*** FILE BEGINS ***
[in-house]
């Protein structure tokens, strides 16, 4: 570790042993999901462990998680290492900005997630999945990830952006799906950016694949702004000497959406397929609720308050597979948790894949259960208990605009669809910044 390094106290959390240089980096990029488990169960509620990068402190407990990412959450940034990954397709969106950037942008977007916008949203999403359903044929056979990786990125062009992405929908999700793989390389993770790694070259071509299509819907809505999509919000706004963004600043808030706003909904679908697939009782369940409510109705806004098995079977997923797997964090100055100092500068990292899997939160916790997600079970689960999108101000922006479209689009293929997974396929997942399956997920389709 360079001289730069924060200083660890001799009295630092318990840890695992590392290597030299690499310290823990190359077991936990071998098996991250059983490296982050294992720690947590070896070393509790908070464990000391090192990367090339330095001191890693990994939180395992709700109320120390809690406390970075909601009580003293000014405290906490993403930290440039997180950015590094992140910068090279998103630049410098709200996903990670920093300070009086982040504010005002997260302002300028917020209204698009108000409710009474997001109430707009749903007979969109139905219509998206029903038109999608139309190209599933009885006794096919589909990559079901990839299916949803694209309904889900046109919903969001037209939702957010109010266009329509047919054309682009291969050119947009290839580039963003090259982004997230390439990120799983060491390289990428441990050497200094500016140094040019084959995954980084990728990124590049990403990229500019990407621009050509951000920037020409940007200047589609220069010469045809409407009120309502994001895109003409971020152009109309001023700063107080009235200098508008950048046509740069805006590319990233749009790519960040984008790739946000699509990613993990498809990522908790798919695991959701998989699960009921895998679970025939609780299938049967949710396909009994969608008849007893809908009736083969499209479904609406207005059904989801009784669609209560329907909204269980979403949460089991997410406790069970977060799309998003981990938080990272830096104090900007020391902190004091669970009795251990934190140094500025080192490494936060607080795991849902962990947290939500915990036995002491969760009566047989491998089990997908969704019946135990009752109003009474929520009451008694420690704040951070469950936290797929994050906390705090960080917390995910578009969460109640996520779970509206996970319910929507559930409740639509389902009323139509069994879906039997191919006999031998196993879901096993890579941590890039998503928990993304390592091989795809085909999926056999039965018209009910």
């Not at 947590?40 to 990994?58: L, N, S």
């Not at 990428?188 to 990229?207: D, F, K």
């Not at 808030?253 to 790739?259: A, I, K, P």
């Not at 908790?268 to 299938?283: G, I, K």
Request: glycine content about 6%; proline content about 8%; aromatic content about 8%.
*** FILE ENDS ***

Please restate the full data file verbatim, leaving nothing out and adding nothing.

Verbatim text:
[in-house]
């Protein structure tokens, strides 16, 4: 570790042993999901462990998680290492900005997630999945990830952006799906950016694949702004000497959406397929609720308050597979948790894949259960208990605009669809910044 390094106290959390240089980096990029488990169960509620990068402190407990990412959450940034990954397709969106950037942008977007916008949203999403359903044929056979990786990125062009992405929908999700793989390389993770790694070259071509299509819907809505999509919000706004963004600043808030706003909904679908697939009782369940409510109705806004098995079977997923797997964090100055100092500068990292899997939160916790997600079970689960999108101000922006479209689009293929997974396929997942399956997920389709 360079001289730069924060200083660890001799009295630092318990840890695992590392290597030299690499310290823990190359077991936990071998098996991250059983490296982050294992720690947590070896070393509790908070464990000391090192990367090339330095001191890693990994939180395992709700109320120390809690406390970075909601009580003293000014405290906490993403930290440039997180950015590094992140910068090279998103630049410098709200996903990670920093300070009086982040504010005002997260302002300028917020209204698009108000409710009474997001109430707009749903007979969109139905219509998206029903038109999608139309190209599933009885006794096919589909990559079901990839299916949803694209309904889900046109919903969001037209939702957010109010266009329509047919054309682009291969050119947009290839580039963003090259982004997230390439990120799983060491390289990428441990050497200094500016140094040019084959995954980084990728990124590049990403990229500019990407621009050509951000920037020409940007200047589609220069010469045809409407009120309502994001895109003409971020152009109309001023700063107080009235200098508008950048046509740069805006590319990233749009790519960040984008790739946000699509990613993990498809990522908790798919695991959701998989699960009921895998679970025939609780299938049967949710396909009994969608008849007893809908009736083969499209479904609406207005059904989801009784669609209560329907909204269980979403949460089991997410406790069970977060799309998003981990938080990272830096104090900007020391902190004091669970009795251990934190140094500025080192490494936060607080795991849902962990947290939500915990036995002491969760009566047989491998089990997908969704019946135990009752109003009474929520009451008694420690704040951070469950936290797929994050906390705090960080917390995910578009969460109640996520779970509206996970319910929507559930409740639509389902009323139509069994879906039997191919006999031998196993879901096993890579941590890039998503928990993304390592091989795809085909999926056999039965018209009910």
């Not at 947590?40 to 990994?58: L, N, S």
């Not at 990428?188 to 990229?207: D, F, K």
């Not at 808030?253 to 790739?259: A, I, K, P």
């Not at 908790?268 to 299938?283: G, I, K």
Request: glycine content about 6%; proline content about 8%; aromatic content about 8%.